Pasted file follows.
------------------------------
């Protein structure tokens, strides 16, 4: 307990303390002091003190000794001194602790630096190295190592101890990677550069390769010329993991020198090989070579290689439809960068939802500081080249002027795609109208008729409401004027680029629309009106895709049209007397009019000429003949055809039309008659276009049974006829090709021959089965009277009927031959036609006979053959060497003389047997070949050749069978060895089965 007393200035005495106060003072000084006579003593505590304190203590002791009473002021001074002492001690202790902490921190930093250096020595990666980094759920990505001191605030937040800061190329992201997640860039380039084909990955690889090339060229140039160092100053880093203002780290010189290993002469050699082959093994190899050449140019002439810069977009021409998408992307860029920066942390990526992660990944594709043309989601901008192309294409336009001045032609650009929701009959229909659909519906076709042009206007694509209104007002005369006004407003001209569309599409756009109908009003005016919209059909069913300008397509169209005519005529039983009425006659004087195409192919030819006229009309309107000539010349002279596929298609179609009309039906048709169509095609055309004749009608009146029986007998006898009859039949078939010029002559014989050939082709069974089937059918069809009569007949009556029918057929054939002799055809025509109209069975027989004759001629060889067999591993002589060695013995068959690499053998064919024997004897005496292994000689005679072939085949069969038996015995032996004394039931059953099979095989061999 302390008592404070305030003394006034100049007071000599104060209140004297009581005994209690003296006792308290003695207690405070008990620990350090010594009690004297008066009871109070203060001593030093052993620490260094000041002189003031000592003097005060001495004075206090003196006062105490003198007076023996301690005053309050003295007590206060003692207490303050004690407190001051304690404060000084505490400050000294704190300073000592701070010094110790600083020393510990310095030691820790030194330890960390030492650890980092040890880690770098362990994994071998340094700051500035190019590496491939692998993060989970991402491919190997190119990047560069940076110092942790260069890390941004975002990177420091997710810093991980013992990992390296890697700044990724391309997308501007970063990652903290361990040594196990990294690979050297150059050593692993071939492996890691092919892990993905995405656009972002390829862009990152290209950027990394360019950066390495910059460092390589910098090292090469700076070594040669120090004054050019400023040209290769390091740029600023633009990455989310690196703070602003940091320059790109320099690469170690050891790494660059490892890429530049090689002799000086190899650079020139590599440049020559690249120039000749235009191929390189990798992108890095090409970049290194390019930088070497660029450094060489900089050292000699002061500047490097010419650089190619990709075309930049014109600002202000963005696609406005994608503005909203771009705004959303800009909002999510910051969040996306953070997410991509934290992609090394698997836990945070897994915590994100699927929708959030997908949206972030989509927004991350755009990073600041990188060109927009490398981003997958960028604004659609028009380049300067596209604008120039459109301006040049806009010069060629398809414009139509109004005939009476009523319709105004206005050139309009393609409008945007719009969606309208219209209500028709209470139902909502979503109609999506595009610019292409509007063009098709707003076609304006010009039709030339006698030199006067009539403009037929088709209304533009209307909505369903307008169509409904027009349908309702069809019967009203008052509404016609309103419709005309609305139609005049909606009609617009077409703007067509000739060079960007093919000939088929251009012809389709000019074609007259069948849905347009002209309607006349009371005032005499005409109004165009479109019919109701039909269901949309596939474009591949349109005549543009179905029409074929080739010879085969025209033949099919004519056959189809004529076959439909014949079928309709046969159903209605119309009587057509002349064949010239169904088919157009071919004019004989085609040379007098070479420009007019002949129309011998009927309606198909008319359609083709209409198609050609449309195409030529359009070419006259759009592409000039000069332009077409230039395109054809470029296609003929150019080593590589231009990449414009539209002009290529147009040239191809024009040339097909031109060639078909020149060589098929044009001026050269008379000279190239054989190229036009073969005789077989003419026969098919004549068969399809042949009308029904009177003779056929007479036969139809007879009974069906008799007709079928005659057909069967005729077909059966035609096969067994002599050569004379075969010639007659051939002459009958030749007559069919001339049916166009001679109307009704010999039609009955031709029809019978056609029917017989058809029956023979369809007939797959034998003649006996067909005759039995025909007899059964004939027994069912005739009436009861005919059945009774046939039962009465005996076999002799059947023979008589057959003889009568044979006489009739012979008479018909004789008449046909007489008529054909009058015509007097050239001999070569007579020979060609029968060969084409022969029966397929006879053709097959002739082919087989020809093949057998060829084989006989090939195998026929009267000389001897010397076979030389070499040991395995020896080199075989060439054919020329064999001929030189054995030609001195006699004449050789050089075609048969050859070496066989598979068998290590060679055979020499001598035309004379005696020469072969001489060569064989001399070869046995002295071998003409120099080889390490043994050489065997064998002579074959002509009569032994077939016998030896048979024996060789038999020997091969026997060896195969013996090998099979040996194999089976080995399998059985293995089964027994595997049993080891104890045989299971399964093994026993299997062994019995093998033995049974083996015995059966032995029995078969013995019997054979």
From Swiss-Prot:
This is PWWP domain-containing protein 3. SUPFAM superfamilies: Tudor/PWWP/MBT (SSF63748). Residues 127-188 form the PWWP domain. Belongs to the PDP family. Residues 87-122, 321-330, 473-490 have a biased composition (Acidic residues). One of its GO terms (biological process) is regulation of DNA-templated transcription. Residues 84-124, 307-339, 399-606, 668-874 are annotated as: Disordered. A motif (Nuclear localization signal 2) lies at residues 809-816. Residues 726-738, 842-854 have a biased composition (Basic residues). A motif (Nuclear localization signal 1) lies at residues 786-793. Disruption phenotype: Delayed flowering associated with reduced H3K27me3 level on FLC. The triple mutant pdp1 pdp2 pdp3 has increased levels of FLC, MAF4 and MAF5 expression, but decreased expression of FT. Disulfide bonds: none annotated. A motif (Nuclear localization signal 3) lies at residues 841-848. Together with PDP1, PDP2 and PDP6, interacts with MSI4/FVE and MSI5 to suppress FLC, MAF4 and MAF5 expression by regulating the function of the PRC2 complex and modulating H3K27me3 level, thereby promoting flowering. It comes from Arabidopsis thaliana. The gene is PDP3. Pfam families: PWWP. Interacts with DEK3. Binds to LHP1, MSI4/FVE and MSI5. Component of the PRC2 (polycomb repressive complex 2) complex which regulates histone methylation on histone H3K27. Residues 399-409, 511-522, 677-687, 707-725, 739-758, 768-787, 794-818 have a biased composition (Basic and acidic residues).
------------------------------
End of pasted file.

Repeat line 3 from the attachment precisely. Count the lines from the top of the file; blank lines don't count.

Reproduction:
This is PWWP domain-containing protein 3. SUPFAM superfamilies: Tudor/PWWP/MBT (SSF63748). Residues 127-188 form the PWWP domain. Belongs to the PDP family. Residues 87-122, 321-330, 473-490 have a biased composition (Acidic residues). One of its GO terms (biological process) is regulation of DNA-templated transcription. Residues 84-124, 307-339, 399-606, 668-874 are annotated as: Disordered. A motif (Nuclear localization signal 2) lies at residues 809-816. Residues 726-738, 842-854 have a biased composition (Basic residues). A motif (Nuclear localization signal 1) lies at residues 786-793. Disruption phenotype: Delayed flowering associated with reduced H3K27me3 level on FLC. The triple mutant pdp1 pdp2 pdp3 has increased levels of FLC, MAF4 and MAF5 expression, but decreased expression of FT. Disulfide bonds: none annotated. A motif (Nuclear localization signal 3) lies at residues 841-848. Together with PDP1, PDP2 and PDP6, interacts with MSI4/FVE and MSI5 to suppress FLC, MAF4 and MAF5 expression by regulating the function of the PRC2 complex and modulating H3K27me3 level, thereby promoting flowering. It comes from Arabidopsis thaliana. The gene is PDP3. Pfam families: PWWP. Interacts with DEK3. Binds to LHP1, MSI4/FVE and MSI5. Component of the PRC2 (polycomb repressive complex 2) complex which regulates histone methylation on histone H3K27. Residues 399-409, 511-522, 677-687, 707-725, 739-758, 768-787, 794-818 have a biased composition (Basic and acidic residues).